The First Lord Nanther clearly hoped to be the subject of an admiring posthumous biography. Having built a name for himself as Queen Victoria’s favoured physician - expert on blood diseases and particularly the royal disease of haemophilia - he fastidiously set about recording the details of his eminent life, carefully cataloguing every significant letter, diary and medical essay that he’d written.
But when the present Lord Nanther begins to research the life of his great-grandfather, he soon realises there is little of interest in his ancestor’s dry-as-dust account. Indeed, he begins to suspect that these old records conceal more than they reveal....
©2002 Kingsmarkham Enterprises Ltd (P)2010 BBC Audiobooks Ltd
This is one of my favorite Barbara Vine novels, the other being THE MINOTAUR. This is a very good reader, which makes it a good story well-told in every way.
trying to see the world with my ears
I didn't know what to expect from Ruth Rendell writing as Barbara Vine (except good writing) and feared that this was some kind of gothic horror - but it is an absorbing character-driven story, with a mystery element very secondary. In fact, it's more of a puzzle than a mystery, pieced together in the course of the slowly moving narrative, with storylines nesting inside one another like Russian dolls.
Its tone reminded me a bit of French Lieutenant's Woman: Though not set in Victorian England, it evokes and reflects on that period in a similar way as the main character undertakes a biography of an ancestor. The story of writing the Victorian biography is so convincing that at times I forgot I was listening to fiction.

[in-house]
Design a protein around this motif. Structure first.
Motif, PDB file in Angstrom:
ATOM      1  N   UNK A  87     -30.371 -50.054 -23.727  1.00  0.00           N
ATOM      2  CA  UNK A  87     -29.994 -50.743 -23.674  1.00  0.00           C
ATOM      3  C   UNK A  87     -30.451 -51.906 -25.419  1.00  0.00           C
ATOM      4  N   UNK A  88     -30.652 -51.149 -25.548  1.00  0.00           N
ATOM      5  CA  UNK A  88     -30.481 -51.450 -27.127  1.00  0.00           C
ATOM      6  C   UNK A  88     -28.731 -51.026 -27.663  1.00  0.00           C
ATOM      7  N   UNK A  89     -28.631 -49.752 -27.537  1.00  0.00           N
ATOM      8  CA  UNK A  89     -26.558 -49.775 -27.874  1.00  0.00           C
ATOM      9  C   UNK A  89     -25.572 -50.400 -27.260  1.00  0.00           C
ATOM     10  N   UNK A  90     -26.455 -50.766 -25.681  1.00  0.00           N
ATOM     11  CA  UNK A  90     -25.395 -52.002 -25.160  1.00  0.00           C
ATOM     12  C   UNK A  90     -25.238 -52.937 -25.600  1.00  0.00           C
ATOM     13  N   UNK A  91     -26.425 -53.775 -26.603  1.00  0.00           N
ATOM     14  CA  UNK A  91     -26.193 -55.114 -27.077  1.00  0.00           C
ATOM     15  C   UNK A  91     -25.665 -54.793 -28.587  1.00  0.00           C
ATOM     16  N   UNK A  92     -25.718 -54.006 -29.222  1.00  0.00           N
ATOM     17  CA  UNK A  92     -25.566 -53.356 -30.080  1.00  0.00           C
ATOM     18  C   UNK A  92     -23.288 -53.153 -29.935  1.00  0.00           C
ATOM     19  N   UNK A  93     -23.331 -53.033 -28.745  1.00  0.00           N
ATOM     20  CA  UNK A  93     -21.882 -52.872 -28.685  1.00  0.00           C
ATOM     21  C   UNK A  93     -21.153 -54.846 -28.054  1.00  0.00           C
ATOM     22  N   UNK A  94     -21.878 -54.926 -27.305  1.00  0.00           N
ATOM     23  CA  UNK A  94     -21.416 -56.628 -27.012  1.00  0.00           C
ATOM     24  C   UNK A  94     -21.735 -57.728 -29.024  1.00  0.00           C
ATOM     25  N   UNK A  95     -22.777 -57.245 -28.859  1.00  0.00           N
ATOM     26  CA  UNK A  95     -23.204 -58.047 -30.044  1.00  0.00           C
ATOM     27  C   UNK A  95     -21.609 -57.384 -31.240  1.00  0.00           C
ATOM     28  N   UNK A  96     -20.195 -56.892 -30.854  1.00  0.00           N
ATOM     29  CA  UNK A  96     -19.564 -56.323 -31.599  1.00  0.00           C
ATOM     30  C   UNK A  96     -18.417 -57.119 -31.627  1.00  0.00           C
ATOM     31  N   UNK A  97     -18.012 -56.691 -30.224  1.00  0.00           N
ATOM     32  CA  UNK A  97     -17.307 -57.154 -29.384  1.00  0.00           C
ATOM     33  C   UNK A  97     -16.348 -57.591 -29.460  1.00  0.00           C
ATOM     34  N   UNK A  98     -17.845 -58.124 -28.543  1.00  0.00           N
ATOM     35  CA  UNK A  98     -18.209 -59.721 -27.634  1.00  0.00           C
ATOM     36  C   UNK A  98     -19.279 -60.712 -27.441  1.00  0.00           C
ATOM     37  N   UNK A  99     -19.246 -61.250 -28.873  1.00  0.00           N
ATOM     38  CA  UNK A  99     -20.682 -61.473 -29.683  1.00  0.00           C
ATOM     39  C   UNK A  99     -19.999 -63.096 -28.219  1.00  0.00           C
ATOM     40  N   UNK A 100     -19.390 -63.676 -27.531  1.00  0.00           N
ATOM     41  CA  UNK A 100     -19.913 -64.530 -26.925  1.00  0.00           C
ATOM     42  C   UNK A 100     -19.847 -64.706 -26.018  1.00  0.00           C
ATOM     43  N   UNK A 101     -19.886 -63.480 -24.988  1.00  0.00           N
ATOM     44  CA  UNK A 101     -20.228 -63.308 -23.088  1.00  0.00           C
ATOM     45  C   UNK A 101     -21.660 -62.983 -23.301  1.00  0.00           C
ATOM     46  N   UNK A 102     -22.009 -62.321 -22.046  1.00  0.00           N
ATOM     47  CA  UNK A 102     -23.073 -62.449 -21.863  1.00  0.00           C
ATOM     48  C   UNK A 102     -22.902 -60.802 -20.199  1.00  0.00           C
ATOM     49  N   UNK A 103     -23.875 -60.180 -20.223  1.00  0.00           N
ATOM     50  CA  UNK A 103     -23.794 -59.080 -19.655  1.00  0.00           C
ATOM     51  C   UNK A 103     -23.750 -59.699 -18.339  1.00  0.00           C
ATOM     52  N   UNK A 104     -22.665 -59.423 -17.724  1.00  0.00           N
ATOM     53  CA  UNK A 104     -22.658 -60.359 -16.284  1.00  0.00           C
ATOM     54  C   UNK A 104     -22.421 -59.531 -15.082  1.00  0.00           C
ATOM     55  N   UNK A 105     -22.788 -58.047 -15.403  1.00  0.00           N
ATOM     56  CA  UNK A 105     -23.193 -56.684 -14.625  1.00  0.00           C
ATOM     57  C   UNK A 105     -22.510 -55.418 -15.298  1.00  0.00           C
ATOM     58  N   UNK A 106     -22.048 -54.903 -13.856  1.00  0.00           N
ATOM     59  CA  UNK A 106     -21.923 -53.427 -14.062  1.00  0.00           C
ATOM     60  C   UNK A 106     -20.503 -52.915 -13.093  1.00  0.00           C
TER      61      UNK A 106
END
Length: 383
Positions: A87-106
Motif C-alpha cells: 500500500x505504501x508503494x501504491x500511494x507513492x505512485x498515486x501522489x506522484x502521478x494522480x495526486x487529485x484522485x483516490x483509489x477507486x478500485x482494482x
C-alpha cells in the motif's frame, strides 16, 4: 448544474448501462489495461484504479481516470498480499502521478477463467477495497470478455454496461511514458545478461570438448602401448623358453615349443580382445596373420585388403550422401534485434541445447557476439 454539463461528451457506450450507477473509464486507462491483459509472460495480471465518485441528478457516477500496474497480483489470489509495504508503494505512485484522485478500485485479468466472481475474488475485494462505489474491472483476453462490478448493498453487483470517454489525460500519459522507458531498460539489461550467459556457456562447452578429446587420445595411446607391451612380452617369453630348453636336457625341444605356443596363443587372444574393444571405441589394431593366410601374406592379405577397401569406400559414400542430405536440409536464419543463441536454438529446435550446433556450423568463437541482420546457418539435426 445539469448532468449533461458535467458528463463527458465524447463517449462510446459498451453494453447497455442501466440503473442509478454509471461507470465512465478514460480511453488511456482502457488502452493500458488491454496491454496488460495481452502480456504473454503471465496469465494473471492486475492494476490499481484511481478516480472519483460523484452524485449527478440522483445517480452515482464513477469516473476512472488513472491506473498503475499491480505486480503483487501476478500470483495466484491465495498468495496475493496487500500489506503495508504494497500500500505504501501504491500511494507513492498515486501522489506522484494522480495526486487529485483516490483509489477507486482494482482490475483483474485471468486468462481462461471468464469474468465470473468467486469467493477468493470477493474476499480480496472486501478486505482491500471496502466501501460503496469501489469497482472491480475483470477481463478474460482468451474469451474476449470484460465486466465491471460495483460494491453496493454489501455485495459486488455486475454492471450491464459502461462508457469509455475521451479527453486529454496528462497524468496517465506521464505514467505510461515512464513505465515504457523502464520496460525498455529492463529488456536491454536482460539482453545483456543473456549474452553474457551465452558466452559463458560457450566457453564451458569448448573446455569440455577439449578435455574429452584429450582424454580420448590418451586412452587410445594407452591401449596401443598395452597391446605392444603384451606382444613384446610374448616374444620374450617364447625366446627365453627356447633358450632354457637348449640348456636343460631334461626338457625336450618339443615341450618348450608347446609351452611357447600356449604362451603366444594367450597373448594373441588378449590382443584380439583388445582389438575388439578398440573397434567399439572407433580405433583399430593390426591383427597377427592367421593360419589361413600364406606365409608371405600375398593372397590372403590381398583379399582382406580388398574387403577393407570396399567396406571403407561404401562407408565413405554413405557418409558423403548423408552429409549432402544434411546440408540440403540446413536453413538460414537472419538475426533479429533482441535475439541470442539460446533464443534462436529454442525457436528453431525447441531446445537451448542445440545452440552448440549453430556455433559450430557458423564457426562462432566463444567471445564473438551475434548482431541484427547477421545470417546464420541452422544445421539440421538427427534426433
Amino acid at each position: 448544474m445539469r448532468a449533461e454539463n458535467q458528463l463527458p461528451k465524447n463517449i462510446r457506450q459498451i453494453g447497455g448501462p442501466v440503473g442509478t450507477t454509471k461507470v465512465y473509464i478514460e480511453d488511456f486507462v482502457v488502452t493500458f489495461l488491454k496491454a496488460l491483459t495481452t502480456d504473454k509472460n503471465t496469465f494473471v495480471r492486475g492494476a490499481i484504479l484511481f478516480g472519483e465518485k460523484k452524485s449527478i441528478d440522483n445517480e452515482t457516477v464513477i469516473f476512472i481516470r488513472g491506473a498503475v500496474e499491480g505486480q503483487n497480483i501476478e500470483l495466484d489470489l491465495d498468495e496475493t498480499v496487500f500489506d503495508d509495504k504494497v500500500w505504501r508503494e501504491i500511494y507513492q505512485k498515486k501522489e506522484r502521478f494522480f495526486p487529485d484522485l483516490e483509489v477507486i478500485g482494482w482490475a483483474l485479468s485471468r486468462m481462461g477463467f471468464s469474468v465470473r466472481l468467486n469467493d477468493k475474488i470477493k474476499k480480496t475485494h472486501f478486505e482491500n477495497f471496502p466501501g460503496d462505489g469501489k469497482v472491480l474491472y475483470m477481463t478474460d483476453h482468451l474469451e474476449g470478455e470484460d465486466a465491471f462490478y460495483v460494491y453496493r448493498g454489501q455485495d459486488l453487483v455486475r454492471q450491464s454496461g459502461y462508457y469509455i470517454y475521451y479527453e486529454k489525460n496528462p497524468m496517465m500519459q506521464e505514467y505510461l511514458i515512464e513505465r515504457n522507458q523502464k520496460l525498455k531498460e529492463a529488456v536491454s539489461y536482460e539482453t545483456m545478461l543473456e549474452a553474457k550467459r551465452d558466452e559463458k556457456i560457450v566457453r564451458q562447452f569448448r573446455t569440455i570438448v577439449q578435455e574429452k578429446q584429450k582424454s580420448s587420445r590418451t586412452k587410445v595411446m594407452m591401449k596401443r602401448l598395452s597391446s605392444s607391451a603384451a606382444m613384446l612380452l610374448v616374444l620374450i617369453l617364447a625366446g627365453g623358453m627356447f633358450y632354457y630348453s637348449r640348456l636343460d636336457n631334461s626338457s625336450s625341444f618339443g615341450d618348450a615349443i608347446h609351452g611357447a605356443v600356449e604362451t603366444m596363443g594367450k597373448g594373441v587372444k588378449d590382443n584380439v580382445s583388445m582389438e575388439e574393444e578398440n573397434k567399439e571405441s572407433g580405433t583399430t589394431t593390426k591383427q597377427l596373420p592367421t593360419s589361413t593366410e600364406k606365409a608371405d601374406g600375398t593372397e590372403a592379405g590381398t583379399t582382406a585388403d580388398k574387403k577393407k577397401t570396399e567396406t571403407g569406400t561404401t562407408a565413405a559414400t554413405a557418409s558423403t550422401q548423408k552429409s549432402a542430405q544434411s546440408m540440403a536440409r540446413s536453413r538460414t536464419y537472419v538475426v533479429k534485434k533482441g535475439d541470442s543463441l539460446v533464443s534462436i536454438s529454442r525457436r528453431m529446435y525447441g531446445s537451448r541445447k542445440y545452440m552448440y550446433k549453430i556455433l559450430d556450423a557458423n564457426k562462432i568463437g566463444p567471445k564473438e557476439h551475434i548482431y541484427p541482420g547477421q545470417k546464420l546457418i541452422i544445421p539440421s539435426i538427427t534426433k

As another reviewer pointed out, there are serious editing glitches at around hour 5 and 5:45 of part 1 - annoying, but they don't ruin the listen. This is a slow listen - but that can be good - in fact, to me it's the best novel I've heard this past year (out of approximately 30-40).
Make the the present day Lord Nanther somewhat less self-flagalating when it comes to his wife. She is too intelligent to be so maddeningly and unrelentingly selfish. One becomes fatigued with it. One wants him to flare up. Thank God for the Swiss trip toward the end. And thank God for the happy ending!! I do love a happy ending.
An absolutely magnificent reader! He reads the story ever so much better than I could read it to myself. He makes the characters come wonderfully alive!
Ask why R. Powell hasn't narrated more fiction for us. He develops character and dialogue impeccably. This talent is wasted on history, of which he has recorded a lot.
I would also ask for a sequel. I would love to see how His Lordship and Lady handle the coming years. (I don't want to give away the plot.)
Report Inappropriate Content